- Answer any question you see on the ball. Others will similar answer raise their hands. Toss it to someone who is similar to you.
- Exercises to unlock creativity and increase leadership: Trusting the Moment: Unlocking Your Creativity and Imagination
- Stretches, rhythm exercises, & scales: use a loop in the background (instead of a metronome) and rotate through loops of different styles
- Intentional sectionals: bring together students who wouldn’t normally work together (for musical or relational reasons) OR bring together "people like me"
- New MusicBox (Fostering connections, deepening knowledge, encouraging appreciation, and providing financial support for new music created in the United States): https://nmbx.newmusicusa.org/conversations/
- Building Curriculum Diversity: Stereotype Threat (Lanzilotti): https://nmbx.newmusicusa.org/building-curriculum-diversity-stereotype-threat/
- Building Curriculum Diversity: Pink Noises (Lanzilotti): https://nmbx.newmusicusa.org/building-curriculum-diversity-pink-noises/
- Building Curriculum Diversity: Analytical Essays (Lanzilotti): https://nmbx.newmusicusa.org/building-curriculum-diversity-analytical-essays/
- Building Curriculum Diversity: Technique, History, and Performance (Lanzilotti): https://nmbx.newmusicusa.org/building-curriculum-diversity-technique-history-and-performance/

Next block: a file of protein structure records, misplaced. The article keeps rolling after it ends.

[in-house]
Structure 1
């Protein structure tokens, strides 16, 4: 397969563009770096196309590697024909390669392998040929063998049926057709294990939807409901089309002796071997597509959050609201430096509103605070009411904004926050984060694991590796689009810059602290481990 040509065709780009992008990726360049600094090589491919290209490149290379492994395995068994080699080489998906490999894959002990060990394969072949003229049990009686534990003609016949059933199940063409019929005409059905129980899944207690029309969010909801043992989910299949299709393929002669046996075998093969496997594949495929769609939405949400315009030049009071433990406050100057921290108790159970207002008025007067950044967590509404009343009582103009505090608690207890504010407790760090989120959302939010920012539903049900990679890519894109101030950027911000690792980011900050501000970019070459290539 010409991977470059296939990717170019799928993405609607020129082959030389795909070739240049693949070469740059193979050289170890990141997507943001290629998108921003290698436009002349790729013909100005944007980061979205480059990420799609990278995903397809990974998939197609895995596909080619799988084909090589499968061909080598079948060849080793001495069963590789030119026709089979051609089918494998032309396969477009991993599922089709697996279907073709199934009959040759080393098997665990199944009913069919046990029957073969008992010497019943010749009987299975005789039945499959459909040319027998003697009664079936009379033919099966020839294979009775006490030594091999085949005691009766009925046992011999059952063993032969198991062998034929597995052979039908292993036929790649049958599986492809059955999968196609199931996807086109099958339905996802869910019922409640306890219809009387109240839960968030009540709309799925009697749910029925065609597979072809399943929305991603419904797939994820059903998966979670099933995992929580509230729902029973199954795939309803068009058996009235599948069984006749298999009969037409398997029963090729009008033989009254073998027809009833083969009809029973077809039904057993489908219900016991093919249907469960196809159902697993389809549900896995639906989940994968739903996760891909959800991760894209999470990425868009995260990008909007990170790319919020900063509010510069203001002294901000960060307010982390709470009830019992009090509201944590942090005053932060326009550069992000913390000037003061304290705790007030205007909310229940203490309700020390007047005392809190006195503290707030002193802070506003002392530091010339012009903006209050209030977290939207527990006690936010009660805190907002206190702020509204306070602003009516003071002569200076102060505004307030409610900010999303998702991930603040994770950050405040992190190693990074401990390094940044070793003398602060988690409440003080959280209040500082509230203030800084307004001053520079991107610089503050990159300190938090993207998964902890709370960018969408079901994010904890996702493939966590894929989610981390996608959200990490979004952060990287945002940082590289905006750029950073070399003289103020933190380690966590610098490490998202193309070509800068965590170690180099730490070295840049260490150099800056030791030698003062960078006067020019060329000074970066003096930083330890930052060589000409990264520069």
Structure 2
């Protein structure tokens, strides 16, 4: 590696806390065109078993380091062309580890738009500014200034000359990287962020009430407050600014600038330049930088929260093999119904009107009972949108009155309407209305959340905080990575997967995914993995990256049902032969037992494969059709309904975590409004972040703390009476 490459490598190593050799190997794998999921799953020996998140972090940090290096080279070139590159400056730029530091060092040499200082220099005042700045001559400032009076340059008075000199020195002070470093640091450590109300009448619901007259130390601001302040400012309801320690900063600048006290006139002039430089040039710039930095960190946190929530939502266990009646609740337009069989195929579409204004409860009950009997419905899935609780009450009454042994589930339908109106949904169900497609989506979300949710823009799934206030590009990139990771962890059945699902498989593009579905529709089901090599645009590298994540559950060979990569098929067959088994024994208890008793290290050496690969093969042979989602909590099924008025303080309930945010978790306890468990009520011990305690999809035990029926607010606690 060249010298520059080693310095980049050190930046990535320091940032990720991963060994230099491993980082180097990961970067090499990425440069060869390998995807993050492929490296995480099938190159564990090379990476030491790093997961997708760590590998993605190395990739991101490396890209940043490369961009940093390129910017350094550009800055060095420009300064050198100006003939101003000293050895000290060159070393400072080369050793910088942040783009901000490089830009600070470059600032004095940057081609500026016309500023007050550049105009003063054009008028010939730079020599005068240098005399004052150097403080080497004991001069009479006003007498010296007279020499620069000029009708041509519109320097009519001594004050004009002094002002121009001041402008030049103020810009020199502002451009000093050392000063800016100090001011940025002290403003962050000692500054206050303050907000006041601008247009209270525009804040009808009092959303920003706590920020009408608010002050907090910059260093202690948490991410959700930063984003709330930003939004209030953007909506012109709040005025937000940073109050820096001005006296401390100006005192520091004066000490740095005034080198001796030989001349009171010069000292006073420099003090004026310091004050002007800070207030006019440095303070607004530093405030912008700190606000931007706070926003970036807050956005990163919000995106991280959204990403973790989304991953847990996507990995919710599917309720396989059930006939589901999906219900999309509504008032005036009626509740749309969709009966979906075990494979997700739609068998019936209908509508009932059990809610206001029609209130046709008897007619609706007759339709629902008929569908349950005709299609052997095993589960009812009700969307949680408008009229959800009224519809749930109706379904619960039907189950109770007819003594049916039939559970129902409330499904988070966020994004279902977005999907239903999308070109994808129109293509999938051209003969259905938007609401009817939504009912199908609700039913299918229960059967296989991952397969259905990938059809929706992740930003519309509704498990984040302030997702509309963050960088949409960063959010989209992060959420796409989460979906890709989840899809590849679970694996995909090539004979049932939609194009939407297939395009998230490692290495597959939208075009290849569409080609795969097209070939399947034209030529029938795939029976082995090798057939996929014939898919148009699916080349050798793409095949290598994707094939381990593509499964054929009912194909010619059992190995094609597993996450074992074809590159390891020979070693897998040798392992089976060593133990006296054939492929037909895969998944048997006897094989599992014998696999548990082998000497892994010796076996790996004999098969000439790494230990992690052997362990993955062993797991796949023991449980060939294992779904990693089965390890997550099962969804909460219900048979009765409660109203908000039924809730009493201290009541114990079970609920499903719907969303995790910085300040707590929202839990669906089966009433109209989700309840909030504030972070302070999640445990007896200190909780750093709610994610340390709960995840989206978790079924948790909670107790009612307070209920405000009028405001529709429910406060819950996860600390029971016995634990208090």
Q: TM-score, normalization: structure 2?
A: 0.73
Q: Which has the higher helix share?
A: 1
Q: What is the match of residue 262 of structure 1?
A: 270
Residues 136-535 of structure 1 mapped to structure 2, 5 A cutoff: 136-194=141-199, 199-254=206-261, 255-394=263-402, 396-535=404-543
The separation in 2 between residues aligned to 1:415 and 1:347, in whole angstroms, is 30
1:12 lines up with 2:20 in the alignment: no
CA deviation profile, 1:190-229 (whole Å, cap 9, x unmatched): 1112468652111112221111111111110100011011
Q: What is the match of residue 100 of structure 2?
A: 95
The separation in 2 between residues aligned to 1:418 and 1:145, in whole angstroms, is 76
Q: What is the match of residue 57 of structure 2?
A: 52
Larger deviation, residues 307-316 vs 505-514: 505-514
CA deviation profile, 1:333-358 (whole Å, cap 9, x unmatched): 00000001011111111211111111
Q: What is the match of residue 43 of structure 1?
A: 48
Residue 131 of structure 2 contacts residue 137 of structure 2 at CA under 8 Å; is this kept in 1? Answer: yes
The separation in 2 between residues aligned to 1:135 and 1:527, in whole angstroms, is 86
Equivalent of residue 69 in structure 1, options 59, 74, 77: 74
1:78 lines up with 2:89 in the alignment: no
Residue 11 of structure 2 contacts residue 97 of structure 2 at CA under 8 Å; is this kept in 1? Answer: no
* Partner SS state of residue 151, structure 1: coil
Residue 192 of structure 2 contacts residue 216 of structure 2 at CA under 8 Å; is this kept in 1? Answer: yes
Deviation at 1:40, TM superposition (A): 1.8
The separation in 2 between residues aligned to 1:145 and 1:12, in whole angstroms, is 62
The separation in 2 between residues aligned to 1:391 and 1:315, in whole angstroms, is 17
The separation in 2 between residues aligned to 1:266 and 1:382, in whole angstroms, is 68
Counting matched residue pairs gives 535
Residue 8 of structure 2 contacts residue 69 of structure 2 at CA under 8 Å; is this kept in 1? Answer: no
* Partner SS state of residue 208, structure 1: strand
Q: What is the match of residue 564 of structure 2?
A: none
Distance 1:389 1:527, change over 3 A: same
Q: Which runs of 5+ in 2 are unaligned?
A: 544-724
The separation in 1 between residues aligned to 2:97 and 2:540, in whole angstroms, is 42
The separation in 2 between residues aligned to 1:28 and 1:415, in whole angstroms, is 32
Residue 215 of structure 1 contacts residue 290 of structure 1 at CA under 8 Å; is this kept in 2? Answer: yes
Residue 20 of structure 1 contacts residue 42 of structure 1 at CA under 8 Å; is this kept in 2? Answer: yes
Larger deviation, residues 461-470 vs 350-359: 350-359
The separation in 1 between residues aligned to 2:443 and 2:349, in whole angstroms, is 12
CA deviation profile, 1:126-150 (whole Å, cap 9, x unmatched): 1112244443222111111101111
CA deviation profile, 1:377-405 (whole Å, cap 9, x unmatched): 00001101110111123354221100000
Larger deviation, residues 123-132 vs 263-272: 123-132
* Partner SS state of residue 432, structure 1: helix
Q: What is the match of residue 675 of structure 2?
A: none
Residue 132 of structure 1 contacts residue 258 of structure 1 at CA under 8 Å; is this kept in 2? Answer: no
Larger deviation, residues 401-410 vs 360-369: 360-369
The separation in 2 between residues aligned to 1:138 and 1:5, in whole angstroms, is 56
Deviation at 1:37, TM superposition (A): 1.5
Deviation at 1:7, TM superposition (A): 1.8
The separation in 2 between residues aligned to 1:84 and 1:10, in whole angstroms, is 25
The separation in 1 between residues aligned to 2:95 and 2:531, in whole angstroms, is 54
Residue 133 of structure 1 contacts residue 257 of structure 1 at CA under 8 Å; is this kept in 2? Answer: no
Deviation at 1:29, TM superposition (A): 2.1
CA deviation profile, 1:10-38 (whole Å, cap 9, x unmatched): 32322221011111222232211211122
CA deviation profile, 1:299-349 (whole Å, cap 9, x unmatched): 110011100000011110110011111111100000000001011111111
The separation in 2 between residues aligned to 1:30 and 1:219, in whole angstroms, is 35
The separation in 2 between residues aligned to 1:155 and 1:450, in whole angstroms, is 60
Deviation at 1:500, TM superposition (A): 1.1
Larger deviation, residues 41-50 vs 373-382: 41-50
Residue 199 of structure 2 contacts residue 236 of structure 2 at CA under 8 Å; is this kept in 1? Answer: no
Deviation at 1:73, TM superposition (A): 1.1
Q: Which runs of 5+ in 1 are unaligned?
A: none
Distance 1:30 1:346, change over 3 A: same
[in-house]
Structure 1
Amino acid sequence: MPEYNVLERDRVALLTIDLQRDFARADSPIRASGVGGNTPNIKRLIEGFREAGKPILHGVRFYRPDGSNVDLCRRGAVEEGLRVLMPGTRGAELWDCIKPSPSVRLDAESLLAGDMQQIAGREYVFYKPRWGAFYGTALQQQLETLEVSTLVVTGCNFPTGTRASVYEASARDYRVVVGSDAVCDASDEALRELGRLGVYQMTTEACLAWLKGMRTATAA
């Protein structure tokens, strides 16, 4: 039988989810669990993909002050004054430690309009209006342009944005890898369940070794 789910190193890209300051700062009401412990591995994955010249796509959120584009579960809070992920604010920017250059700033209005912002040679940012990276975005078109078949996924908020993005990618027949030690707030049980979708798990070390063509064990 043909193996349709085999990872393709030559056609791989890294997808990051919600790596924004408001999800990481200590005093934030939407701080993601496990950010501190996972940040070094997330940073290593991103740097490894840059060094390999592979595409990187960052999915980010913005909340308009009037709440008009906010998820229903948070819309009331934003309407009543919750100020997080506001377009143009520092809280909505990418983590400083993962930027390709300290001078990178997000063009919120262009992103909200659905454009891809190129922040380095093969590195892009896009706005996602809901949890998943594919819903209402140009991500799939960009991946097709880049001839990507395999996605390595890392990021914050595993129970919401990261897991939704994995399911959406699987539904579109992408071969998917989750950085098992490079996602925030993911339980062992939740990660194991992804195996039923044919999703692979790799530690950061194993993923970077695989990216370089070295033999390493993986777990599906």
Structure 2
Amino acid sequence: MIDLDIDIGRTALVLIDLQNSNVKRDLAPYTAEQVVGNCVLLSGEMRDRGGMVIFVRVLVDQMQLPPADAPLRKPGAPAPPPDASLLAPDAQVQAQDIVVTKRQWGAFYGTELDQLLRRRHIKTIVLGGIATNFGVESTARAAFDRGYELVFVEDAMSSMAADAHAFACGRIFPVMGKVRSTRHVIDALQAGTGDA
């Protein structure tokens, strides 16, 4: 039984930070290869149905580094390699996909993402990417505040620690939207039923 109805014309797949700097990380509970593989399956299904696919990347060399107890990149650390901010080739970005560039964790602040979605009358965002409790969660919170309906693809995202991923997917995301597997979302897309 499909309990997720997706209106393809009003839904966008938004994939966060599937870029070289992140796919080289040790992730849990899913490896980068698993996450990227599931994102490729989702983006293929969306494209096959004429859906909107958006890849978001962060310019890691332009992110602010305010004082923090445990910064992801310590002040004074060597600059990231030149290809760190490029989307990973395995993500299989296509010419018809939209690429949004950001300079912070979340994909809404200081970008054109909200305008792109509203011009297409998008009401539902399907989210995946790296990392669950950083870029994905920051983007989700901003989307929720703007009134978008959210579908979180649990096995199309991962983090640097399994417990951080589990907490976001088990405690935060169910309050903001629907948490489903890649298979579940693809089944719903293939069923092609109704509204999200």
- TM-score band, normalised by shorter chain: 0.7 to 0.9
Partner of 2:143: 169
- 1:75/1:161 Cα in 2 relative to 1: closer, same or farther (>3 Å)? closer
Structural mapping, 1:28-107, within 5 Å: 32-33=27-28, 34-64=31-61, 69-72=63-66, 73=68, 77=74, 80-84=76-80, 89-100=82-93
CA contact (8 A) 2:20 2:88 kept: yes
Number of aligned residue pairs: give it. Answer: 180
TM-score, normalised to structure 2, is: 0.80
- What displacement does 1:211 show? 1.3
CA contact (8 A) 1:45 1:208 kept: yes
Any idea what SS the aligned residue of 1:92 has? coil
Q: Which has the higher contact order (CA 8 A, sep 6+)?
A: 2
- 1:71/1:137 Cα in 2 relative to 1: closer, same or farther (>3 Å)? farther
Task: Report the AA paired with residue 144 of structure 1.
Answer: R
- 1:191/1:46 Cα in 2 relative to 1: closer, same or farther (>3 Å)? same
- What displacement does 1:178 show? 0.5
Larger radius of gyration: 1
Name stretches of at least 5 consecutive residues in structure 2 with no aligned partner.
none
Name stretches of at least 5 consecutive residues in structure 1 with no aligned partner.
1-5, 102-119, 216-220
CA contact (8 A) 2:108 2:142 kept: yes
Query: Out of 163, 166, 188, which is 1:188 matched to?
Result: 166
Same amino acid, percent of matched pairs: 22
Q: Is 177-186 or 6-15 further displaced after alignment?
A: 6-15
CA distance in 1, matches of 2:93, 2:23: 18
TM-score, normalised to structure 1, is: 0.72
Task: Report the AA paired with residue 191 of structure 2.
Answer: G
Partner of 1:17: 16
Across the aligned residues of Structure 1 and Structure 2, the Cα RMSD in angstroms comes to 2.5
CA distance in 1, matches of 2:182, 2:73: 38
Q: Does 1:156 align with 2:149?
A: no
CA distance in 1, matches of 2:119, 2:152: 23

- Six easy ways to immediately address racial and gender diversity in your music history classroom: http://musicologynow.ams-net.org/2017/07/six-easy-ways-to-immediately-address.html
- African Heritage in Classical Music: http://AfriClassical.com
- Blog companion to AfriClassical.com: http://africlassical.blogspot.com/
- Music by Black Composers (MBC) Educational Materials: https://www.musicbyblackcomposers.org/resources/educational-materials/
- Videos showing diversity of ethnicity and/or musical style
- NPR Tiny Desk Concerts: http://www.npr.org/series/tiny-desk-concerts/
- Daniel Bernard Roumain, composer & violinist: https://www.youtube.com/channel/UCrN1ygPEiZaFwkFQmUEP2zA
- Black Violin, duo: https://www.youtube.com/channel/UC13qVNV7MWSB54MegD5C19w “We studied classical but we lived hip hop” – I love this quote! Specifically addressing the stereotypes they face: https://youtu.be/GzULgLuAwDU
- Regina Carter, violinist: http://reginacarter.com/
- Daniel D., violinist, “Billie Jean”: https://youtu.be/IrxJ-VJAZeM
- Simply Three, trio, “Wake Me Up”: https://youtu.be/XSs2cR2Tvuk
- Defying Ashes, family of musicians, “O Holy Night”: https://youtu.be/Kvo7G-ngESo
- Kevin Olusola, cellist, “All of Me”: https://youtu.be/cB4jr7rMJQ4
- Street Musician on electric violin: https://youtu.be/czkJYLqylzs
- Yosvani, violin, “Killing Me Softly”: https://youtu.be/Oaln3u0cyys
- Siham Naim, violin, “Ana Fintizarak”: https://youtu.be/5tGFAaxpqKc
- Steve Ramsingh, violin/viola, “Heathens”: https://youtu.be/VBfRyqtgJyg
- OC String Ensemble, quartet, “This is What You Came For”: https://youtu.be/MUnB21QP7xg
- Mark Wood (electric violin/rock): http://youtu.be/Ka0a9HSNs_Y
- Got Strings? Electric Instruments (pop): http://youtu.be/bh8445Skorg
- Quartet San Francisco (jazz/pop): http://youtu.be/KZ0XbwxjEXw
- Chris Howes (jazz): http://youtu.be/RkgDFTt5BGA
- Mariachi 2: http://youtu.be/jheo8Xrn334